"That's correct. While here he committed to me and said, 'This is where I'm coming.' He went back home and I think it was few weeks later and I get a call, from him. And that was the first time I ever got a call from him. His coach had called before but not him. He said his coach had just gotten the head coaching job at Holy Cross, and he wanted him to take a visit there. Whew. And he asked me, 'Should I?' I said, 'Of course you should. I think you should.' He said, 'My coach knows I'm not going there. I'm coming to UCLA. He thinks if I visit there it will help recruiting.' So I told him I thought he should. I still had my fingers crossed. You know, kids can change their mind. But he committed to come when he was on his visit here and he never changed. He gave me his personal word.

"You may have heard that I had Dr. Ralph Bunche contact him. Dr. Ralph Bunche did write him a letter, but I had no idea he was doing it. He did send me a copy of the letter after he sent it. You might have also heard that I had Jackie Robinson go see him. But Lewis never met Jackie Robinson, until he came to the Rose Bowl parade one time later and he met him. But he never met him before that. Lewis has said that one of the reasons he came to UCLA was because of Rafer Johnson being student body president and being well-thought of, and he had heard that I was color blind as far as players were concerned. And that was just it. I probably learned more about man's inhumanity to man from him than anyone else. We'd go in a restaurant and you'd hear someone say, 'My God, look at that big, black freak.' First time we made our trip up to Oregon and Oregon State when he was a sophomore we stayed in Eugene but we went over to Oregon State, to Corvallis, and after the game we're coming back to Eugene on the bus.  We're coming out to get on the bus, and he's signing autographs for a while. And I say, 'Lewis, that's enough. We have to go, we have a game tomorrow night.' And he said 'sorry' to them. And then you'd hear people, adults, say, 'Look at the big so-and-so, he's too good to sign autographs.' And I was the one that made him stop signing autographs. I saw a number of things happen to him at times. I realized that he can't be comfortable in some very normal situations. Just like in an airplane, he can't sit in a window seat hardly. Beds, he couldn't find a bed. They're better now, but back then there weren't the big, long beds. Clothes, he couldn't go into a place to buy clothes like the rest of us. I didn't think of much of this before Lewis."

So, did Los Angeles, being pretty cosmopolitan and maybe having a more open-minded environment, attract him?

"I think perhaps.

"After he committed to come here, I did get a call asking if I could come and meet his parents. They wanted to meet the coach for whom he was going to play. They had met a lot of other coaches, but they hadn't met the one for whom he was going to play. So I talked to (UCLA Athletic Director) J.D. Morgan about taking my assistant Jerry Norman. See, because Norman was Catholic and I'm protestant. We had dinner with them in New York at 1:00 in the morning in their home because his father was working the 4:00 to midnight shift on the subway.  We had dinner with them, then got a taxi, went to the airport and flew back."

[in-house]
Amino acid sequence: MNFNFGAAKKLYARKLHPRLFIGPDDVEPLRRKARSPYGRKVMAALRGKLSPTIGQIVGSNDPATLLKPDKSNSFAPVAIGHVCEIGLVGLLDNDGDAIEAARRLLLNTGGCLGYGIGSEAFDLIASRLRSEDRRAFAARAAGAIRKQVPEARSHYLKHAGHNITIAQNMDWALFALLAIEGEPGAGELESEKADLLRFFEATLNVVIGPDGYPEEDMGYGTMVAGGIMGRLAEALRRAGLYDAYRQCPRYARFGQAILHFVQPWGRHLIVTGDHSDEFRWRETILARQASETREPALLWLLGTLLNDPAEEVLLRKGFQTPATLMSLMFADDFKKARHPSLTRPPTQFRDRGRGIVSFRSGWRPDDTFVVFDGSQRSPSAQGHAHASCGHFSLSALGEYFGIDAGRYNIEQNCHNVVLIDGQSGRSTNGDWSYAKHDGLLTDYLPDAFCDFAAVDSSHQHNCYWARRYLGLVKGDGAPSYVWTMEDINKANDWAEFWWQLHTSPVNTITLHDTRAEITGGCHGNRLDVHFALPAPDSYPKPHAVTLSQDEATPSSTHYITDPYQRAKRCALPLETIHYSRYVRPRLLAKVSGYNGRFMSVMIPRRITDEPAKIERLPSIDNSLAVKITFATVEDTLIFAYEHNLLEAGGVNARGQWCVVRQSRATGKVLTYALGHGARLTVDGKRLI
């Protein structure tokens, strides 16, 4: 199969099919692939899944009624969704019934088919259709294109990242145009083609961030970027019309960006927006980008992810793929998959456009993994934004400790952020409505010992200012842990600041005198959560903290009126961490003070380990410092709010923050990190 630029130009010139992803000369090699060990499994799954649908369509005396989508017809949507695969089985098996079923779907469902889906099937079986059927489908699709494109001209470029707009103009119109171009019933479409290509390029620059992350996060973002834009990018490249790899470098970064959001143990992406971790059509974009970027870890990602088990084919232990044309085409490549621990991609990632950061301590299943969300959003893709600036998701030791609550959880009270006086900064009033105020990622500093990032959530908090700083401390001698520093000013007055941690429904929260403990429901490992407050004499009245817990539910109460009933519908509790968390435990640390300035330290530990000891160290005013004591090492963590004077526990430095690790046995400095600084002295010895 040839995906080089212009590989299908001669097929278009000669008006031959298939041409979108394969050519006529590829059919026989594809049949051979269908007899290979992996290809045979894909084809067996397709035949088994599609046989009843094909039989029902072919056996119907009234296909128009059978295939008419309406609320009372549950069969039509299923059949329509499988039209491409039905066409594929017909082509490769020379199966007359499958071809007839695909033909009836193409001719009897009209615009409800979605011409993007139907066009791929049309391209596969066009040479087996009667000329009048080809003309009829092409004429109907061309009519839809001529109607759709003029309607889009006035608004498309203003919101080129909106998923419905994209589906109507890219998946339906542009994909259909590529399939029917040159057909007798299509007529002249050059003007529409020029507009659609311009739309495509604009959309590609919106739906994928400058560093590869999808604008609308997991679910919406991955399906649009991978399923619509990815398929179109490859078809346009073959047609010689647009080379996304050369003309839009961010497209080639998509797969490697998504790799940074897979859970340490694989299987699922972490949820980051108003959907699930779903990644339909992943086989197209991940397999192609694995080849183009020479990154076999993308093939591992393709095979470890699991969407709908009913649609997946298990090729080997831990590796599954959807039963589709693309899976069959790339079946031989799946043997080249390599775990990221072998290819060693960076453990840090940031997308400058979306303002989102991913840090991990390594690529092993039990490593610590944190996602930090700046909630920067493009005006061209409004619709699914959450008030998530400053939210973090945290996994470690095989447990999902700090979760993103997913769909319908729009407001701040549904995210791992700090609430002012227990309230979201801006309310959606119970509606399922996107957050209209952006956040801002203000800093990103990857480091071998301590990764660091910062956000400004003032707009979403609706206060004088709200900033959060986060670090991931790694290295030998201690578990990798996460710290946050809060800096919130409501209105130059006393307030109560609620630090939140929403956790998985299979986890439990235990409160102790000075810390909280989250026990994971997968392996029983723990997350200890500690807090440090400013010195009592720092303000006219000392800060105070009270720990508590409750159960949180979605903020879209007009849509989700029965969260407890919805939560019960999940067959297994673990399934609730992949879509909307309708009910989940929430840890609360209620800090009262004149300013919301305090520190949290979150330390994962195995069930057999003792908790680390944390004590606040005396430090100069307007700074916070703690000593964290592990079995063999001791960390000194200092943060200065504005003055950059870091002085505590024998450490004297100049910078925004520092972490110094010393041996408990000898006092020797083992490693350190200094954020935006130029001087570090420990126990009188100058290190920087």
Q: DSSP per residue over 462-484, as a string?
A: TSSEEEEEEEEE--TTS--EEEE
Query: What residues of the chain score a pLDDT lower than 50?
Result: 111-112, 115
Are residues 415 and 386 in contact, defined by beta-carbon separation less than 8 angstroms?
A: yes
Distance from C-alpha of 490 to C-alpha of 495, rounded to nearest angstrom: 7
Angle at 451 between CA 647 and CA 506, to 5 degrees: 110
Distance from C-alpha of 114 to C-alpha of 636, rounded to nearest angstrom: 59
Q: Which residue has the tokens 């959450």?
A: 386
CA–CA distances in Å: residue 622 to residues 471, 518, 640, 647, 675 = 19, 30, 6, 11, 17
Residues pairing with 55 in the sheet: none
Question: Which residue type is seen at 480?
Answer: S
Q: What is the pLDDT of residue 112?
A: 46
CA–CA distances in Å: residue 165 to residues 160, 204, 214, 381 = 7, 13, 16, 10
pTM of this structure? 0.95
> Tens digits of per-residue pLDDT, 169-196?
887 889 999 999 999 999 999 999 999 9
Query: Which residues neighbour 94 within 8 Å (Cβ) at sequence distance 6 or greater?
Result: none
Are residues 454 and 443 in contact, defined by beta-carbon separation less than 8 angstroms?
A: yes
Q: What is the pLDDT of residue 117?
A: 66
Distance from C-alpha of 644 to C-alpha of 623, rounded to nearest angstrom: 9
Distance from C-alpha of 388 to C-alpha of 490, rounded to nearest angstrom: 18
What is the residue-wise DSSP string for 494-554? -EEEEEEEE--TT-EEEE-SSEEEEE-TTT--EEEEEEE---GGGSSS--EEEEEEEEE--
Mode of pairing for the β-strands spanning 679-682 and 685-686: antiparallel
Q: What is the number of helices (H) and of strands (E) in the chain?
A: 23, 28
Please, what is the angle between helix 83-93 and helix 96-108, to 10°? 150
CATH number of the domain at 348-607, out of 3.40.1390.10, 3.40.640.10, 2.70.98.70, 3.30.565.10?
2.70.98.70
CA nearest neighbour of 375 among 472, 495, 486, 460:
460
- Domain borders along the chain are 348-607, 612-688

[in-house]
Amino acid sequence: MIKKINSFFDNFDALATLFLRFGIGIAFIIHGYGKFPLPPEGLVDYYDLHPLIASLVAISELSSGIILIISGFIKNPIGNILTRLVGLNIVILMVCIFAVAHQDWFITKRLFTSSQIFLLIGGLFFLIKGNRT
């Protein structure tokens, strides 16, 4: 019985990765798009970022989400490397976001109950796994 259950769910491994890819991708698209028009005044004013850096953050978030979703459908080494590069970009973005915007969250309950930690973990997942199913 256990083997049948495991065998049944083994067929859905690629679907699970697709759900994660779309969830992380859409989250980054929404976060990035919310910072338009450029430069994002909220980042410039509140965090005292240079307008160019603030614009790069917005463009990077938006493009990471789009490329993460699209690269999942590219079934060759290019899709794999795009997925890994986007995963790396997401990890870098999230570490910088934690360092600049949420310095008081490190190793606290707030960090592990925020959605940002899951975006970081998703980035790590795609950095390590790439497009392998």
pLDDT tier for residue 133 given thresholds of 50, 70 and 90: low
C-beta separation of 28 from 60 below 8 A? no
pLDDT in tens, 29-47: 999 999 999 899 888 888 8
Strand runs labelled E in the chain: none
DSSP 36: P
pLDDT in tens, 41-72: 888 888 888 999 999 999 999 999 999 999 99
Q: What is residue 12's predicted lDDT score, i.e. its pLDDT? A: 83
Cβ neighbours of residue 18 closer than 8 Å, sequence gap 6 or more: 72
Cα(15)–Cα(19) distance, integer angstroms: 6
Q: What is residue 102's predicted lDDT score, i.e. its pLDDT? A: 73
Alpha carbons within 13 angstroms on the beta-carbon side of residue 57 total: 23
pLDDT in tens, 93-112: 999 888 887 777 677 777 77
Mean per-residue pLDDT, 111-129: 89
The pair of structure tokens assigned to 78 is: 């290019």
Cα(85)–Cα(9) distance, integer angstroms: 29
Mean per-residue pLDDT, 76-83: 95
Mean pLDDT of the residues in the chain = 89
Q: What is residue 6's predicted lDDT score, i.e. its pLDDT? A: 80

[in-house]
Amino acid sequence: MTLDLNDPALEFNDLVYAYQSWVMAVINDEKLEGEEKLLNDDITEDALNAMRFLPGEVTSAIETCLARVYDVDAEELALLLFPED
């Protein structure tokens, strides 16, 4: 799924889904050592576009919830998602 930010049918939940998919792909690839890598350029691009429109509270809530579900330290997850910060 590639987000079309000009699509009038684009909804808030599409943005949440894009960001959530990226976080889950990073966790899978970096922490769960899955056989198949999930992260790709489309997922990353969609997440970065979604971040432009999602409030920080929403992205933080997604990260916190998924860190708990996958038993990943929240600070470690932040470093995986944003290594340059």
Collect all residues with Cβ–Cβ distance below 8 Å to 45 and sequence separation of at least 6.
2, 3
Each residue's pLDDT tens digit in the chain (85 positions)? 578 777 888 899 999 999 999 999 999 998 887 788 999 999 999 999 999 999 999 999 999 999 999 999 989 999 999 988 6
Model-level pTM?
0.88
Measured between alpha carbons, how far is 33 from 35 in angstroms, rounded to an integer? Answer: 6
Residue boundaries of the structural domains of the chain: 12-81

What other schools was Alcindor seriously considering?

"The school most in contention was St. John's with Joe Lapchick the coach. Michigan was one."

So, he visited St. John's and Michigan?

"Yes, he did. I think he went ahead and visited his five schools. One thing when I was talking to his coach I asked if we could be the last of the five. And the coach said he couldn't promise that, that he couldn't work it out that way. But it did work out that way."

So, he did take five visits?


And then there was Holy Cross...

"That came later, that was his sixth."

So, that was one of your rare recruiting ventures out to the east coast...

"Yes. And I think about how our coaches at UCLA have to travel now, like what they already visited this year. You know where they visited? Australia. Europe. Argentina, I think. Someone said they spent more money in recruiting this year than I spent in my 27 years at UCLA."

When Alcindor was out here did he bond well with the guys on the team?

"Yeah, he seemed allright. He was always okay with players around. It was with others that he became more aloof."

Who were some of the best recruits, that you could have gotten in school,  that you didn't get?

"Paul Westphal."

What were the circumstances with his recruitment?

"He told me he was coming on Saturday and Monday he signed with USC. He had been to my summer basketball camps and I knew him well. I think Bill, his brother, was on UCLA's side."

Even though Bill had gone to USC?

"Yeah. I don't want to mention too much about that.

"One interesting one was Tom McMillan, who went to Maryland. He said after he was at Maryland that he would have wanted to go to UCLA but that I never contacted him. I'm being very truthful when I say that I never initiated contact with anyone outside of Southern California."

What was your thinking on that?

"They were going to be away from home for the first time. There's an adjustment to be made. I always told players that if you come to UCLA you're going to be unhappy. It will be your first year away from home for the first time. You're leaving the friends you've been with a number of years and you'll have to make new friends. And academically you're going to be sitting in a class with other regular students. And it's a different type of student than those at your high school. To me, the greatest adjustment was social adjustment for a youngster. Leaving home. That's why I'm still adamant about the freshman eligibility rule. I made a strong bid on that just a couple of weeks ago to the president of the NCAA, Myles Brand."

So, when Walt Hazzard, who was from Philadelphia, came to UCLA, what were those circumstances? You didn't have Pauley Pavilion to sell then.